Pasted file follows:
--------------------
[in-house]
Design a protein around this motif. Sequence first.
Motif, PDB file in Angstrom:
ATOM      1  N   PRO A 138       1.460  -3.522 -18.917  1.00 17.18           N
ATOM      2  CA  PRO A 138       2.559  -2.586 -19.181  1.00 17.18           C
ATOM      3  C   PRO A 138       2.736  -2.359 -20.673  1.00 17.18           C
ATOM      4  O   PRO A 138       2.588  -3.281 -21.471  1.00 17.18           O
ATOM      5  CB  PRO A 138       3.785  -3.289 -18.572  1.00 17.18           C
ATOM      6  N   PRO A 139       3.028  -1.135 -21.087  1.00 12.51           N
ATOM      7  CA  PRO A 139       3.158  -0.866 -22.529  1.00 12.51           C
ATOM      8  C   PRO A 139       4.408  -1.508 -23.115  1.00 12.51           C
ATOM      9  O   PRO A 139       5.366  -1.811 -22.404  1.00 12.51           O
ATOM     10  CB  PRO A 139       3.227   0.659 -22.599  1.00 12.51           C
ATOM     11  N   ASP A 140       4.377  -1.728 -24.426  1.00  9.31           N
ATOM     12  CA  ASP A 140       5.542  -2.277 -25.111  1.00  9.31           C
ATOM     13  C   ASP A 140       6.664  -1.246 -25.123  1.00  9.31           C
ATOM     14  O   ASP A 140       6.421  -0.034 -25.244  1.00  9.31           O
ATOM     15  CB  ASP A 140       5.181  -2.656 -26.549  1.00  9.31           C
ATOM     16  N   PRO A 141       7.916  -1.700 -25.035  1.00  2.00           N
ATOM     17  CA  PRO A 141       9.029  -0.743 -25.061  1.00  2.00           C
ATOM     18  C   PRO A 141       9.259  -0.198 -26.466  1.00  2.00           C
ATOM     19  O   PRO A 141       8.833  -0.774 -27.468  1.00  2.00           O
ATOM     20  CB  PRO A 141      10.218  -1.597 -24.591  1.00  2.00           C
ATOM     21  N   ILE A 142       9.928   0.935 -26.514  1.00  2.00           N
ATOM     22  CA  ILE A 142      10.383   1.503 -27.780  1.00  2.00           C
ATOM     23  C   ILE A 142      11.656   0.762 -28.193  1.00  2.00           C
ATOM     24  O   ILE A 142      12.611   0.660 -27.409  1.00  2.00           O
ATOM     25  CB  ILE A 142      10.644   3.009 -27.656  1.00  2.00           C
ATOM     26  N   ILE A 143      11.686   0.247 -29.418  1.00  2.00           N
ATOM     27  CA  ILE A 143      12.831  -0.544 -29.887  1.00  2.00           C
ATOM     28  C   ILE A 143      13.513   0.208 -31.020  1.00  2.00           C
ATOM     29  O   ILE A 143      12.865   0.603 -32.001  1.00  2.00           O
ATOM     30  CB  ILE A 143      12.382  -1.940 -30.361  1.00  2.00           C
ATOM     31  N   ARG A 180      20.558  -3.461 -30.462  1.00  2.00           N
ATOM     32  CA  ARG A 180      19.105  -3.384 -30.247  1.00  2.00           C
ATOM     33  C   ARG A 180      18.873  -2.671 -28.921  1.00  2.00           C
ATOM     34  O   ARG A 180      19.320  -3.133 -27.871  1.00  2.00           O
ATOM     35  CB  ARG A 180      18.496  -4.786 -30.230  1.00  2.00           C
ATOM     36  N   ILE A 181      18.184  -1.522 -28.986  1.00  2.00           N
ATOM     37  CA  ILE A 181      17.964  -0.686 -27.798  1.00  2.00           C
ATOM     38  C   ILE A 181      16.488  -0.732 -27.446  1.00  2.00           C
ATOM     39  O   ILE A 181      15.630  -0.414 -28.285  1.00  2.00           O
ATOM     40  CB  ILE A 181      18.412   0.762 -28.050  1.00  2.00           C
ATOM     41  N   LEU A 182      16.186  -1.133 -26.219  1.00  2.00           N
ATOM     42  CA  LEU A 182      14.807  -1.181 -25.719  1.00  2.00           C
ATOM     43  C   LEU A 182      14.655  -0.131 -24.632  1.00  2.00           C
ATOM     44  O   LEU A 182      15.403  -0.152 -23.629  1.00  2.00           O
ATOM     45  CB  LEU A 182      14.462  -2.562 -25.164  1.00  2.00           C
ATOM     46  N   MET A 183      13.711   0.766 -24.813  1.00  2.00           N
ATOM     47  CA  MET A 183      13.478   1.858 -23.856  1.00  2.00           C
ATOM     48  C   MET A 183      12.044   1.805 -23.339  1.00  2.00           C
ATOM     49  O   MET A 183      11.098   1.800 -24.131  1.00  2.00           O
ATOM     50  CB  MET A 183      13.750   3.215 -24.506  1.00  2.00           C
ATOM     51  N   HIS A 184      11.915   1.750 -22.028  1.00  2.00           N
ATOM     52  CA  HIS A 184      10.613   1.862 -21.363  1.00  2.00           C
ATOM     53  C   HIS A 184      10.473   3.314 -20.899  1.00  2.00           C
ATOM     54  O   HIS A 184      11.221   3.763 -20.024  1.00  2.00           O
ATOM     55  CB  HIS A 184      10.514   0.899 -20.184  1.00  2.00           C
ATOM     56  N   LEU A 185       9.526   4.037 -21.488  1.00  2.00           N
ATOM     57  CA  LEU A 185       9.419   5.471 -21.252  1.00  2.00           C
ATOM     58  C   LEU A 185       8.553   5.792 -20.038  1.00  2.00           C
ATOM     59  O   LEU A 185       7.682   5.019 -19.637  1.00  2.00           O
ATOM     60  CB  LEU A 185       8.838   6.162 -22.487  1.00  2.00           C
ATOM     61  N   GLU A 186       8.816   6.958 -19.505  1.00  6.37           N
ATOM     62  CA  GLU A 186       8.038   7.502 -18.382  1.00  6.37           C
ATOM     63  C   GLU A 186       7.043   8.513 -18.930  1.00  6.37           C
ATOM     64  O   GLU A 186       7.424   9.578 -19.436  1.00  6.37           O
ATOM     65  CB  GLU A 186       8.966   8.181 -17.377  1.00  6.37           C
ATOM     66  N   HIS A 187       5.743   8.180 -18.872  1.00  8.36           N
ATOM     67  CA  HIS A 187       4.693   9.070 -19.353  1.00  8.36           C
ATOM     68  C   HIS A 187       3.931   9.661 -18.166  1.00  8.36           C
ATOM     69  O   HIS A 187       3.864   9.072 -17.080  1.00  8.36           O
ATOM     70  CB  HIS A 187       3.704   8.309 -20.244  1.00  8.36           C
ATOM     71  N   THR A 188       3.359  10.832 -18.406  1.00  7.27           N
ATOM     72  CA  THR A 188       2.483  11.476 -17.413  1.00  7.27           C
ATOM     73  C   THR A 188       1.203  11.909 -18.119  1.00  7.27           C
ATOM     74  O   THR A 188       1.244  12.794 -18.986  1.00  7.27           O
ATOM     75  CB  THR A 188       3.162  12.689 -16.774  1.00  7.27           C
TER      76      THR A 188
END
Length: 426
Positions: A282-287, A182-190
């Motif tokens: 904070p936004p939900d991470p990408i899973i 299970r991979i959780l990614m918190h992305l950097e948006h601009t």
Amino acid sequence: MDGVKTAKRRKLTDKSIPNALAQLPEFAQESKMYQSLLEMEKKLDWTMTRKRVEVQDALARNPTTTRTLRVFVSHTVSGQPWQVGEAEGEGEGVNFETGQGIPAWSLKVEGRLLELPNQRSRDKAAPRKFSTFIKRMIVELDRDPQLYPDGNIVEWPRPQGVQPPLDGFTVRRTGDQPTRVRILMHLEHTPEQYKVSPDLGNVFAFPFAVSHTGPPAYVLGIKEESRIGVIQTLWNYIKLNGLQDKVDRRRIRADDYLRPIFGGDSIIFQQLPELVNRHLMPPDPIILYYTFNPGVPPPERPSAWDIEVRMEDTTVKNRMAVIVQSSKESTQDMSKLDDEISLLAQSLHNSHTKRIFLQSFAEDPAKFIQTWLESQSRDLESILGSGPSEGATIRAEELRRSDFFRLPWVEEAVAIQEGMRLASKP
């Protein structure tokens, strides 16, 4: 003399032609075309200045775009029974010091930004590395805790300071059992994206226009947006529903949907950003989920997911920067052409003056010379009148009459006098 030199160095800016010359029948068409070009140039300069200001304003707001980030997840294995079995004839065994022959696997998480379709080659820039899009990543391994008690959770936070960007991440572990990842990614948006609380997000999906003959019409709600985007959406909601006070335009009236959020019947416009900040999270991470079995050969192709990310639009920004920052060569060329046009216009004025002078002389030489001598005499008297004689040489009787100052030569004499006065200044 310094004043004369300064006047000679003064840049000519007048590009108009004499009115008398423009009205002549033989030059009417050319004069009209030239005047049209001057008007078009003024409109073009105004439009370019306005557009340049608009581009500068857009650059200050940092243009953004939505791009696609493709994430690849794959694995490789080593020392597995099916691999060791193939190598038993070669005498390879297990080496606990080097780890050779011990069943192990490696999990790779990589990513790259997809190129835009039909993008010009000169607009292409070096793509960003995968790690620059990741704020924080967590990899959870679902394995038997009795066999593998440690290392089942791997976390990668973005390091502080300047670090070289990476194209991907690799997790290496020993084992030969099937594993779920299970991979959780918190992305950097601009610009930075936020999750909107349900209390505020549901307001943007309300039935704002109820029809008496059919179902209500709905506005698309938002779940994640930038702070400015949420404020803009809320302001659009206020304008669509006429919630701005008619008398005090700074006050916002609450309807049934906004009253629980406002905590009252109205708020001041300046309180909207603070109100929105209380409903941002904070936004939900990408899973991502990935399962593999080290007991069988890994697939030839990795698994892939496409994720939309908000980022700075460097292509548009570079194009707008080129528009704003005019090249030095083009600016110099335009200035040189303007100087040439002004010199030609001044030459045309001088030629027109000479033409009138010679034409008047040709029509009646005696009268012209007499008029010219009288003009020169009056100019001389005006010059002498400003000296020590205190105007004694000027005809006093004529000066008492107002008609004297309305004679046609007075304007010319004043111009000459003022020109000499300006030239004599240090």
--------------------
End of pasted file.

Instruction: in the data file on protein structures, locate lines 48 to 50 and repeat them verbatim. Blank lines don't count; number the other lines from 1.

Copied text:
ATOM     45  CB  LEU A 182      14.462  -2.562 -25.164  1.00  2.00           C
ATOM     46  N   MET A 183      13.711   0.766 -24.813  1.00  2.00           N
ATOM     47  CA  MET A 183      13.478   1.858 -23.856  1.00  2.00           C